Compiègne > Roubaix 256.6km
The cobbles are calling, it’s time for the hell of the north.
A beautiful day for a bike race. The wind will be around 18km/h at the start of the day, coming from the east. That means a lot of crosswind in the opening stages of the race, which will make it very hard for the break to form. It’s also worth noting that the hardest sectors of the race will have crosswind or cross/tailwind.
Normally, things kick off in the Arenberg Forest, I don’t see this year being any different. After that the key sectors are Mons-en-Pévèle, Camphin-en-Pévèle and Carrefour de l’Arbre but we all know that the winning move can go on the normal road, not the cobbles.
The hard bit. First, we’ll see an enormous fight for the break. This is one of the rare races where being in the break significantly increases your chances of a top 10 result, just think back to when Dillier finished 2nd back in 2018, or Hayman’s win in 2016. The break will not go at the start, most of the big teams would love to sneak a man up the road, so the battle to join the break will be fierce and the elastic will not snap in the first hour of racing.
Once it does go, things will settle down for a while. This is when riders need to stay alert and avoid the inevitable crashes. The winner of this race needs to be incredibly strong, but they also need to be lucky.
Which teams do I expect to control the race? Jumbo-Visma, Alpecin-Fenix, Quick-Step Alpha Vinyl and Ineos are the most likely to try and dominate the race, but who will have numbers when the peloton is reduced to 30 riders? This is what it’s all about, not who can ride on the front for the first 100km. This is a race that suits the Alpecin team the most, particularly riders like Merlier, Dillier and Vermeersch. In the hillier races, we often see van der Poel without support in the final 50km, I don’t see that happening in this race.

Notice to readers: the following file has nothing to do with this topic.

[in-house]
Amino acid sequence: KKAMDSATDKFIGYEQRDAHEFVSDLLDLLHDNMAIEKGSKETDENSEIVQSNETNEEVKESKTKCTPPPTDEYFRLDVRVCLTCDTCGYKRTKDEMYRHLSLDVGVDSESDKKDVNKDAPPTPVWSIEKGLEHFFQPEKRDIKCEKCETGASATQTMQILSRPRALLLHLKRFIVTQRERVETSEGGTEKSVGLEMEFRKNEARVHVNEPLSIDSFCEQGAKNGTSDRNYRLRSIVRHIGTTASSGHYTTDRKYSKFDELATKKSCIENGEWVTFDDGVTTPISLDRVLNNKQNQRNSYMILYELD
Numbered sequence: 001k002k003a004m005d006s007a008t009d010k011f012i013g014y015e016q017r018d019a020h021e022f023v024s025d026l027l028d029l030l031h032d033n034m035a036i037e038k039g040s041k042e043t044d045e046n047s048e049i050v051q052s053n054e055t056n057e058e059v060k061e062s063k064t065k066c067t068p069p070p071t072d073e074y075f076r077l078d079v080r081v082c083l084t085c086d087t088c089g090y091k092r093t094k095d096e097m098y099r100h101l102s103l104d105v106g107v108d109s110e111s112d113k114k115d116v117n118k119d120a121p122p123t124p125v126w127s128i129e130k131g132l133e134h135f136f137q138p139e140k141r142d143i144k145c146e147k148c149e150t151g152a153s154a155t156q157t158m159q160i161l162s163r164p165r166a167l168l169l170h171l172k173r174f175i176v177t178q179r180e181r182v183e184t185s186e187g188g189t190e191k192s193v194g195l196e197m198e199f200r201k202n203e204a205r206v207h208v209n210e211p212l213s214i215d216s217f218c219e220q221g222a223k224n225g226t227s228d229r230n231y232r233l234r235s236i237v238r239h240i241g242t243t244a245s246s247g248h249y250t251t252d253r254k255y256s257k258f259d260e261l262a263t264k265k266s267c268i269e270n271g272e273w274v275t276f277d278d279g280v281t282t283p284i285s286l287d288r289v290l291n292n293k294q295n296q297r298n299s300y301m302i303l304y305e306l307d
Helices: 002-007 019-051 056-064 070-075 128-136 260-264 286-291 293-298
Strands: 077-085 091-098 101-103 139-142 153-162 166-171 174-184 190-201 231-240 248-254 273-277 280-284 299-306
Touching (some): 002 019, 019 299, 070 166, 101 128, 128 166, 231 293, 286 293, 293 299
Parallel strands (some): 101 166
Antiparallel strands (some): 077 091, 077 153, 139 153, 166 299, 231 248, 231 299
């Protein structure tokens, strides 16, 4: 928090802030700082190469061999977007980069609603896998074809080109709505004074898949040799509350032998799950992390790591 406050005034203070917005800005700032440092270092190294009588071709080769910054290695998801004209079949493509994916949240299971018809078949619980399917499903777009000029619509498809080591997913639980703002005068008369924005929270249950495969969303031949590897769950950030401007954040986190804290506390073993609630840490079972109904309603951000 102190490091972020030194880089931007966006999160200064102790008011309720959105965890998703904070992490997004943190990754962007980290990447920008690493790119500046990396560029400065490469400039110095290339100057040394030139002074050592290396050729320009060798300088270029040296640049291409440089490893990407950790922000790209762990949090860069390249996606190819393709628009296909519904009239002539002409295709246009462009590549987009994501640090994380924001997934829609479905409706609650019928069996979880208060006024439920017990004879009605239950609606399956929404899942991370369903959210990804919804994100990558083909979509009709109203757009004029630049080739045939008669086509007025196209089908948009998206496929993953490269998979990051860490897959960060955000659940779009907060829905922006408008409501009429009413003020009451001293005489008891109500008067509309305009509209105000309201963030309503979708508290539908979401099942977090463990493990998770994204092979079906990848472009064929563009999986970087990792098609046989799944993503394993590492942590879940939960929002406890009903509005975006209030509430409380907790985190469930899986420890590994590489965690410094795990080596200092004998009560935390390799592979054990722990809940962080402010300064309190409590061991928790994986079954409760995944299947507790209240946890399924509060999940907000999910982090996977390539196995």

QuickStep have had a disappointing classics season, but riders like Lampaert, Sénéchal and Ballerini will be confident of being in the mix until deep in the race, which will be a big boost for Asgreen. Despite being dominant in recent races, Ineos have a lot of unknowns in their selection, I’m not sure how many will last deep into the race. Then we have Jumbo-Visma, their hopes of having multiple riders in the front group depends on Van Aert, who’s just recovered from COVID. I think the sensible money would be on Alpecin and QuickStep being the teams with numbers in the finale.
Mathieu van der Poel – his ability in the corners is second to none, in what is to be a very dusty edition of the race, this gives him a huge advantage over his rivals. We saw in the women’s race that the dry conditions also means that riders can drive up the little gully to the side of the cobbles, again, this is perfect for someone with van der Poel’s unbelievable bike handling skills. Alpecin-Fenix arrive with a team of strong men to help support their leader; they look like one of the strongest teams to me. He wasn’t at his very best in Amstel Gold, but he’ll be hoping that with that race in the legs, he arrives at 100% for this race. He can win with a solo attack, and from a reduced sprint, he must start as the big favourite.